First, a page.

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Exposing and visualising the process of social engagement : refugee women exchanging in liminal space

Modarres Tabatabaei, M ORCID: 0000-0003-0614-4796 2021 , 'Exposing and visualising the process of social engagement : refugee women exchanging in liminal space', PhD thesis, University of Tasmania.

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Abstract

Establishing an identity builds a feeling that we belong to a society, defining and ensuring our social connection and offering a way of coping with our emotions. However, the influence of globalisation, digitalisation and international mobility, as well as the intersectionality of ethnicity, cultures and gender, change personal and societal notions of identity and the meaning of belonging. Theoretical arguments have revealed how the static identity has changed towards flexibility and fluidity in the late post-modern world, whereby identity adapts to the latest situation of world social challenges. As such, the personal and social sense of identity has become exposed to different social structures, gender roles and ethnicities, with new options that facilitates a flexible/fluid accumulated identity. In this research, these are exemplified in the life of adult migrants/refugees who are subjected to two asymmetrical cultural and social contexts — Western and Islamic social constructions and norms — which means they live in a state of liminality and in-betweenness.
This creative practice-based research explored, exposed and symbolised the determination of identity or self as a concept in the liminal space of dissimilar socio-cultures and gender roles as a lived experience. This has been achieved through observation of a group of Afghan migrant/refugee women’s social interaction embedded in a community of practice (CoP) as a passage between static communities with low changeability and societal convention in the context of now living in Western communities demonstrating late post-modernity. Through incorporating the CoP as a method and focusing on women’s social activities, the concept of home and home performative tasks (cooking and crafts) were utilised. In my creative work, I also introduce the circle form to symbolise a connection point between cultures, cultural manner, and the way cultures are transferred among the group, and for how a dynamic and fluid identity is flexible in the context of socio-cultural changes. Familiar cooking materials such as salt, sugar, spices and herbs and their associated smells were selected as an artistic drawing tool with which to connect cultural memories and to act as a reminder of the cyclical nature of women’s domestic tasks.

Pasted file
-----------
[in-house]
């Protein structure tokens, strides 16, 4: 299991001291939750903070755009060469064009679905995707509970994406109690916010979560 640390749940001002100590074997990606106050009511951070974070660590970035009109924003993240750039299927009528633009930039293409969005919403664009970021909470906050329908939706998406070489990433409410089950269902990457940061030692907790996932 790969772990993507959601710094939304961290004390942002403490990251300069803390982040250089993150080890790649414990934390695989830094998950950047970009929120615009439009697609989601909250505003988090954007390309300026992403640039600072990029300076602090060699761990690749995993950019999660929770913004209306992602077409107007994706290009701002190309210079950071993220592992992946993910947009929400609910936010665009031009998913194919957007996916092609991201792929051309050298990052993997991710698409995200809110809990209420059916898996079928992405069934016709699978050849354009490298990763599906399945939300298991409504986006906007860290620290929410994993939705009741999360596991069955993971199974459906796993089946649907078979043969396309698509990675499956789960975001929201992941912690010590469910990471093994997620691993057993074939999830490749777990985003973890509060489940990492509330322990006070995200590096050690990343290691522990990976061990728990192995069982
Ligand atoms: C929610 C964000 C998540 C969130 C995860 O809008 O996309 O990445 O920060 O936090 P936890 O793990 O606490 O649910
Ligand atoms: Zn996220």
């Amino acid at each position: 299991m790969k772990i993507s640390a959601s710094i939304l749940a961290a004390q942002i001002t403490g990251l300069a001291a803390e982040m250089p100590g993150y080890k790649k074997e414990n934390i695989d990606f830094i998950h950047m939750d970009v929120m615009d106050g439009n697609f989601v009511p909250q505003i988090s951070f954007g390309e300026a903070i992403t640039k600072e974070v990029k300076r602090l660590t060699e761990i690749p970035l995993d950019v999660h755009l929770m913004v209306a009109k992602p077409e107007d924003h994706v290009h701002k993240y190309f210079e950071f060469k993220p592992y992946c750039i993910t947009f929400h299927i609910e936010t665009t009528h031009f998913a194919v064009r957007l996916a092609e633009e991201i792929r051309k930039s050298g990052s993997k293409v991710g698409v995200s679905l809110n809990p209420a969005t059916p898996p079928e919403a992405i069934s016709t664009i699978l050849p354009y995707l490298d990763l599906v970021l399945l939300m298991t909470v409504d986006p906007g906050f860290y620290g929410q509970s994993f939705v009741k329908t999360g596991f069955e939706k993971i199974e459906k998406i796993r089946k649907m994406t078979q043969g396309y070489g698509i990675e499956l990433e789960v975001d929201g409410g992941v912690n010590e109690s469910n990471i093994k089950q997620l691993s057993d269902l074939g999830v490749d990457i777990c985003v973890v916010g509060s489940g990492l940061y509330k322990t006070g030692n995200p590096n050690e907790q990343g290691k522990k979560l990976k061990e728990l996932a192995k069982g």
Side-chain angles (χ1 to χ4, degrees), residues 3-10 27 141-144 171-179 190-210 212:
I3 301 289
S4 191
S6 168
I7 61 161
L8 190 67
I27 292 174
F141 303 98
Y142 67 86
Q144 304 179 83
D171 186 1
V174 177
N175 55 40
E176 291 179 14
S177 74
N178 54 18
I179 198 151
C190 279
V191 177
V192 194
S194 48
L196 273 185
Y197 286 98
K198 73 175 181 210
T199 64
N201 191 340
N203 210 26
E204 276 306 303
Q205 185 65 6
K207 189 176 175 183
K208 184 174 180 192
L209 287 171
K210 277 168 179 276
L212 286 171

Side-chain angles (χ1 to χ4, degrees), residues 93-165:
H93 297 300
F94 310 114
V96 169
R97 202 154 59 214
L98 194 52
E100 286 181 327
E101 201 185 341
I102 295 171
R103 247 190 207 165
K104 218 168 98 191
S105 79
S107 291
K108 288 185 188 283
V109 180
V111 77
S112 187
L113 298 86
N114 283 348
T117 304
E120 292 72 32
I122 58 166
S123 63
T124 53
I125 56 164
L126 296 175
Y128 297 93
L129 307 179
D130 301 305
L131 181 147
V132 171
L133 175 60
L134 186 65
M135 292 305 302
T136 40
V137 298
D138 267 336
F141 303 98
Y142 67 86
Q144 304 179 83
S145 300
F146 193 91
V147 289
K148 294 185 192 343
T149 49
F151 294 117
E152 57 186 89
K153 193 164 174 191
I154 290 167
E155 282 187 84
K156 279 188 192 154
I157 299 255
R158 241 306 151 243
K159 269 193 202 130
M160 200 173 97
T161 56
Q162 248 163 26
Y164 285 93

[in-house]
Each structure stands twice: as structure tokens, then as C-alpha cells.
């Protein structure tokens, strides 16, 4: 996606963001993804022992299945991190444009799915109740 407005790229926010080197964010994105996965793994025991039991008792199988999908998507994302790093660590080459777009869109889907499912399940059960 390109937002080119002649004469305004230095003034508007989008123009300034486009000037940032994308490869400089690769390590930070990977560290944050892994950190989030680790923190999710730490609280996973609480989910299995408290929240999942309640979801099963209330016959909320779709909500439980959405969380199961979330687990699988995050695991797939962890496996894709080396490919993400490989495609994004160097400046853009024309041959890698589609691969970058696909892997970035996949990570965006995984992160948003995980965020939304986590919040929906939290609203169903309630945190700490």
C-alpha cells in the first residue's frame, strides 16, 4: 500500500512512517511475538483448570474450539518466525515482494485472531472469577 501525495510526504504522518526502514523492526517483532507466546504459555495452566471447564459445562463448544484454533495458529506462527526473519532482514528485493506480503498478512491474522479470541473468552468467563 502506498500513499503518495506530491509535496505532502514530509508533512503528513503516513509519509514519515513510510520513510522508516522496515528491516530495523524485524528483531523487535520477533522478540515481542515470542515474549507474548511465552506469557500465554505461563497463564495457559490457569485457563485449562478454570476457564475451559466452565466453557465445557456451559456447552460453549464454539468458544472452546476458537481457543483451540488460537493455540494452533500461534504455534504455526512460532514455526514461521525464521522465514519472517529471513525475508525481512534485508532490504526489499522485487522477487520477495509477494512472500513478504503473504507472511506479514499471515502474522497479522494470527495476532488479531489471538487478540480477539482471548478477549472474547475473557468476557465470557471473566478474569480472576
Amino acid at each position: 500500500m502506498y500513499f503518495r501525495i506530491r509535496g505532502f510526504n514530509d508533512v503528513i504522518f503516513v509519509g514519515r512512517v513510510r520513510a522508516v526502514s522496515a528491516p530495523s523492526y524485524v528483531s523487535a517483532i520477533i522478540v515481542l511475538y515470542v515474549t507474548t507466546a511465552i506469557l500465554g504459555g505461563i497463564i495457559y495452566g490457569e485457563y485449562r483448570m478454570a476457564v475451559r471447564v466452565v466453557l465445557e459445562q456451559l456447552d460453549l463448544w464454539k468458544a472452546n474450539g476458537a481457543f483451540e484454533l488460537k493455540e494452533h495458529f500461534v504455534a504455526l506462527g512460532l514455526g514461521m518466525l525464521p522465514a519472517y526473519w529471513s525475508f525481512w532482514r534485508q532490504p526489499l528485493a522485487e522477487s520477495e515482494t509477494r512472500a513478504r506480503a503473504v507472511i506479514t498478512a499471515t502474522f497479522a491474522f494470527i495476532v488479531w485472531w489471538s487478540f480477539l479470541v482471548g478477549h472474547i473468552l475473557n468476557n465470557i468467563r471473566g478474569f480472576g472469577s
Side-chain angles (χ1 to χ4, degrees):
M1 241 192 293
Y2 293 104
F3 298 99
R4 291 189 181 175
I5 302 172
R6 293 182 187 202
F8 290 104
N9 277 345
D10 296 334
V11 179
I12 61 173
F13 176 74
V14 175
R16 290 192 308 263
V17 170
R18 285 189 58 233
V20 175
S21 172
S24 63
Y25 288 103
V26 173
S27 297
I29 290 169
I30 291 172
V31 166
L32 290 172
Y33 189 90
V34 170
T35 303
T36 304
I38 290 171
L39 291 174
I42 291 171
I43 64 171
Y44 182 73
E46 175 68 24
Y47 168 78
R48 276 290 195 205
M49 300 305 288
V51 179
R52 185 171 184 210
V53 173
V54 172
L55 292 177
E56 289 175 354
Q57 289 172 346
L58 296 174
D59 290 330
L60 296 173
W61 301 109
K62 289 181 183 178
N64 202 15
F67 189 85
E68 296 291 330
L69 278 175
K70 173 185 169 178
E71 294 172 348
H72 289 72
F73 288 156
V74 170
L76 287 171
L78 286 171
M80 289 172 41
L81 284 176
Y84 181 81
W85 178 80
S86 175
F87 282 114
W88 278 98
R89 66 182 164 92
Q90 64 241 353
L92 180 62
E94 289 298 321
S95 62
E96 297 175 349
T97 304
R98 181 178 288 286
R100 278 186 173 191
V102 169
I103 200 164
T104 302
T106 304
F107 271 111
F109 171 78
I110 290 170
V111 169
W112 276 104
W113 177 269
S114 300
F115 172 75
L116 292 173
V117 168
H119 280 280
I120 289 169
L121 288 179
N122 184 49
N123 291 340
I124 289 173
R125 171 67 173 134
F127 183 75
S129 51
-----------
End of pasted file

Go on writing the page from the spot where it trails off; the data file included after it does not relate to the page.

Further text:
The main outputs from this creative project are abstract artefacts with metaphorical-symbolism of the deformed circular form in two different technical arrangements of installations: the floor installation and the mute video installation. The message conveyed through installations materialises and symbolises the transience of identity, which allows adult women migrants/refugees to flexibly socially interact with members of their new community; starting a new lifestyle and connecting fluidly with an unprecedented future.
This study strengthens the idea of developing a mutual understanding between migrants/refugees and Australian residents by exposing and visualising the challenges in the formation of a sense of belonging in liminal space, as created within the intersection of social groups and institutions. The contribution of this study, by symbolically representing the liminality and fluidity of being a migrant/refugee in a different culture, especially one where Islamophobic attitudes may be evident or growing, goes some way towards enhancing our awareness and understanding of Muslim migrants.
Note: The term ‘migrants/refugees’ refers to legal migrants, refugees and former refugees in the context of this research, to prevent any discrimination, patronisation, and other political disrespect

Item Type: Thesis - PhD
Authors/Creators:Modarres Tabatabaei, M
Keywords: visualising, symbolising, migrants/refugees, identity, intersectionality, women, liminallity
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Copyright 2021 the author

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